# Is damage taken when falling off a mount?

The mounted combat rules provide a few scenarios for falling off a mount:

If your mount is knocked prone, you can use your reaction to dismount it as it falls and land on your feet. Otherwise, you are dismounted and fall prone in a space within 5 feet it.

The rules for falling state:

A fall from a great height is one of the most common hazards facing an adventurer. At the end of a fall, a creature takes 1d6 bludgeoning damage for every 10 feet it fell, to a maximum of 20d6. The creature lands prone, unless it avoids taking damage from the fall.

In either circumstance of falling off your mount (falling prone, or using your reaction to land on your feet), do you take any damage from falling? Does it depend on the size of your mount?

Very related: It seems obvious that if you are on a flying mount at height, and fall off, you will take some damage - but the answer to the question above will probably determine where you measure the fall distance from in such a scenario (square above mount/top square of mount/bottom square of mount/square below mount).

There's quite a few different scenarios here, let's deal with them one at a time:

## 1. Does a rider take falling damage?

It would depend on the height of your mount but most mounts are not 10 ft tall so you wouldn't take falling damage.

You quoted the relevant rule:

At the end of a fall, a creature takes 1d6 bludgeoning damage for every 10 feet it fell, to a maximum of 20d6. (SRD p.86)

Most mounts are classed as large creatures. A large creature could be up to 10ft by 10ft in size (SRD. p. 92). However a commonsense ruling is that large creatures are simply bigger than medium sized ones (5 ft by 5 ft) and don't take up the whole square. In any case it's unlikely that a rider would fall from the tallest point (it's head) of even an unusually tall 10 foot horse rather than it's back (which will always be a point lower than ten feet).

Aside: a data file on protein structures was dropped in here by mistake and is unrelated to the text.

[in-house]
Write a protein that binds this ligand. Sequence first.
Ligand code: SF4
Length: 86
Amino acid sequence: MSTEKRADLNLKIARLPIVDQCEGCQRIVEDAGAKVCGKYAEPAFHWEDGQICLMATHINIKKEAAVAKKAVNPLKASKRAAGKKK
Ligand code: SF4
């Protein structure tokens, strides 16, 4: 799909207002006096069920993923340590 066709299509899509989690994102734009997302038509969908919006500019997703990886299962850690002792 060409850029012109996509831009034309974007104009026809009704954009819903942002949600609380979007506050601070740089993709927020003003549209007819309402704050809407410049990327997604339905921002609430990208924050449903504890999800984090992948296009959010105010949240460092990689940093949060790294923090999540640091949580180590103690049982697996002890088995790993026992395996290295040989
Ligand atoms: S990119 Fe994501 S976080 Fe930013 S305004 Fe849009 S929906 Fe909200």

As it is unusual for a mount to be taller than 10ft no additional damage is normally taken.

## 2. If the mount is knocked prone is the rider also knocked prone?

If you don't take any damage from the fall, under the general rule a PC wouldn't be prone.

The creature lands prone, unless it avoids taking damage from the fall. (SRD p. 86)

However this is a case of specific beats general:

If your mount is knocked prone, you can use your reaction to dismount it as it falls and land on your feet. Otherwise, you are dismounted and fall prone in a space within 5 feet it. (SRD p. 99)

If you choose not to use your reaction, or cannot use it you are knocked prone despite taking no falling damage.

## 3. If the mount is forcibly moved against the rider's will are they knocked prone?

If an effect moves your mount against its will while you’re on it, you must succeed on a DC 10 Dexterity saving throw or fall off the mount, landing prone in a space within 5 feet of it. (SRD p. 99)

In this instance the rider can make a saving throw to stay mounted, but once again specific beats general, so if they fail the saving throw they fall prone even if the don't take any fall damage.

## 4. What if the rider is knocked prone while on top of the mount?

Despite being prone they have the option to not actually fall off the mount:

If you’re knocked prone while mounted, you must make the same saving throw [as previous quote]. (SRD p. 99)

If they pass they're 'prone' on the mount, if they fail then they're prone on the floor.

Being prone on the mount may sound odd but there's nothing in the prone condition that states it can only occur on the floor.

## 5. What about mounts taller than 10ft?

The same rules as above apply - only this time you will also take falling damage, which would knock you prone either way.

## 6. Of course, all of this is worse if it's a flying mount...

The rules as above apply - you just risk taking a lot more falling damage and either way you'll be prone.

It'll be more the height at which you're flying that's the issue than the size of the mount you've fallen off of (though both are relevant). If you presume that the player is sitting on top of their mount (rather than hanging on underneath it) then the fall will begin from the top of the mount and not below it - so falling distance would equal the height of the mount above the ground plus the from which you fell on the mount itself.

• "If your mount is knocked prone, you can use your reaction to dismount it as it falls and land on your feet. Otherwise, you are dismounted and fall prone in a space within 5 feet it. (SRD p. 99)" "The rules as above apply - you just risk taking a lot more falling damage and either way you'll be prone." There is no mention that your mount being flying would make you fall, it just says that you land. There doesn't seem to be a reason for you to fall prone or take falling damage. Commented Aug 10, 2018 at 19:07
• @PierreCathé If you're asking what I think you are that might make a good separate question. Commented Aug 10, 2018 at 19:27